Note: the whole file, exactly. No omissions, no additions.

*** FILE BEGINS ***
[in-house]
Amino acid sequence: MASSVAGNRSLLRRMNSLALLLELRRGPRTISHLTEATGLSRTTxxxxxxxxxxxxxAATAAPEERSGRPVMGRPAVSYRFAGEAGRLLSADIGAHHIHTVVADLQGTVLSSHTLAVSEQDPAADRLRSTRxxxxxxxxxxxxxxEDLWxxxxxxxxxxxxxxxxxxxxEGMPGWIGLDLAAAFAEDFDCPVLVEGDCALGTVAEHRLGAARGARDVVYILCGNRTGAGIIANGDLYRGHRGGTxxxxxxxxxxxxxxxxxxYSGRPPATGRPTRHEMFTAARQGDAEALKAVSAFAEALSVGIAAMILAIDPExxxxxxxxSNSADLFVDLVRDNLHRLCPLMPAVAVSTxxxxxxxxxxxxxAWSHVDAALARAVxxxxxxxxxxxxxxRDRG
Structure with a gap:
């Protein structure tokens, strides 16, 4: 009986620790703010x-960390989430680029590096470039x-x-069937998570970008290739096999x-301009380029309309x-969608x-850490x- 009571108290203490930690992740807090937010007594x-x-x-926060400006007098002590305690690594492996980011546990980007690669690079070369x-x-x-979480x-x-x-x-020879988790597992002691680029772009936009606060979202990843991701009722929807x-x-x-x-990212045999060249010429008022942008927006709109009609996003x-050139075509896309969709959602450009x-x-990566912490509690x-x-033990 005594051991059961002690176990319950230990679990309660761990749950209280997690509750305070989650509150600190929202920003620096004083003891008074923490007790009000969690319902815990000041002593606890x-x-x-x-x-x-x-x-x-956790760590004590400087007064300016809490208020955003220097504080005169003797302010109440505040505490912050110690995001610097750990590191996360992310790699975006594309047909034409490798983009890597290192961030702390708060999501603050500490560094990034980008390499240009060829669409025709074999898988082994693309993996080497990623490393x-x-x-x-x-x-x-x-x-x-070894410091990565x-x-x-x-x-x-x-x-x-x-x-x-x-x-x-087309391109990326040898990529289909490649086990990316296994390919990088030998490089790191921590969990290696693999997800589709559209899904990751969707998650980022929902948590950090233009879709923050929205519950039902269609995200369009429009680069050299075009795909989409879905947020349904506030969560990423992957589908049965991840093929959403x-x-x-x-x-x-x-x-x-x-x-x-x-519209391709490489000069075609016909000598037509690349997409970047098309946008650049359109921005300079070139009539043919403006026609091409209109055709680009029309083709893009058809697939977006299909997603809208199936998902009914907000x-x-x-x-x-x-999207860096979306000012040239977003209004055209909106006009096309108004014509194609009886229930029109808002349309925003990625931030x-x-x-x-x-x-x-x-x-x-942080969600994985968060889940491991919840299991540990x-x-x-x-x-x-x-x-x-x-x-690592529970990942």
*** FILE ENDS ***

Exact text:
[in-house]
Amino acid sequence: MASSVAGNRSLLRRMNSLALLLELRRGPRTISHLTEATGLSRTTxxxxxxxxxxxxxAATAAPEERSGRPVMGRPAVSYRFAGEAGRLLSADIGAHHIHTVVADLQGTVLSSHTLAVSEQDPAADRLRSTRxxxxxxxxxxxxxxEDLWxxxxxxxxxxxxxxxxxxxxEGMPGWIGLDLAAAFAEDFDCPVLVEGDCALGTVAEHRLGAARGARDVVYILCGNRTGAGIIANGDLYRGHRGGTxxxxxxxxxxxxxxxxxxYSGRPPATGRPTRHEMFTAARQGDAEALKAVSAFAEALSVGIAAMILAIDPExxxxxxxxSNSADLFVDLVRDNLHRLCPLMPAVAVSTxxxxxxxxxxxxxAWSHVDAALARAVxxxxxxxxxxxxxxRDRG
Structure with a gap:
């Protein structure tokens, strides 16, 4: 009986620790703010x-960390989430680029590096470039x-x-069937998570970008290739096999x-301009380029309309x-969608x-850490x- 009571108290203490930690992740807090937010007594x-x-x-926060400006007098002590305690690594492996980011546990980007690669690079070369x-x-x-979480x-x-x-x-020879988790597992002691680029772009936009606060979202990843991701009722929807x-x-x-x-990212045999060249010429008022942008927006709109009609996003x-050139075509896309969709959602450009x-x-990566912490509690x-x-033990 005594051991059961002690176990319950230990679990309660761990749950209280997690509750305070989650509150600190929202920003620096004083003891008074923490007790009000969690319902815990000041002593606890x-x-x-x-x-x-x-x-x-956790760590004590400087007064300016809490208020955003220097504080005169003797302010109440505040505490912050110690995001610097750990590191996360992310790699975006594309047909034409490798983009890597290192961030702390708060999501603050500490560094990034980008390499240009060829669409025709074999898988082994693309993996080497990623490393x-x-x-x-x-x-x-x-x-x-070894410091990565x-x-x-x-x-x-x-x-x-x-x-x-x-x-x-087309391109990326040898990529289909490649086990990316296994390919990088030998490089790191921590969990290696693999997800589709559209899904990751969707998650980022929902948590950090233009879709923050929205519950039902269609995200369009429009680069050299075009795909989409879905947020349904506030969560990423992957589908049965991840093929959403x-x-x-x-x-x-x-x-x-x-x-x-x-519209391709490489000069075609016909000598037509690349997409970047098309946008650049359109921005300079070139009539043919403006026609091409209109055709680009029309083709893009058809697939977006299909997603809208199936998902009914907000x-x-x-x-x-x-999207860096979306000012040239977003209004055209909106006009096309108004014509194609009886229930029109808002349309925003990625931030x-x-x-x-x-x-x-x-x-x-942080969600994985968060889940491991919840299991540990x-x-x-x-x-x-x-x-x-x-x-690592529970990942």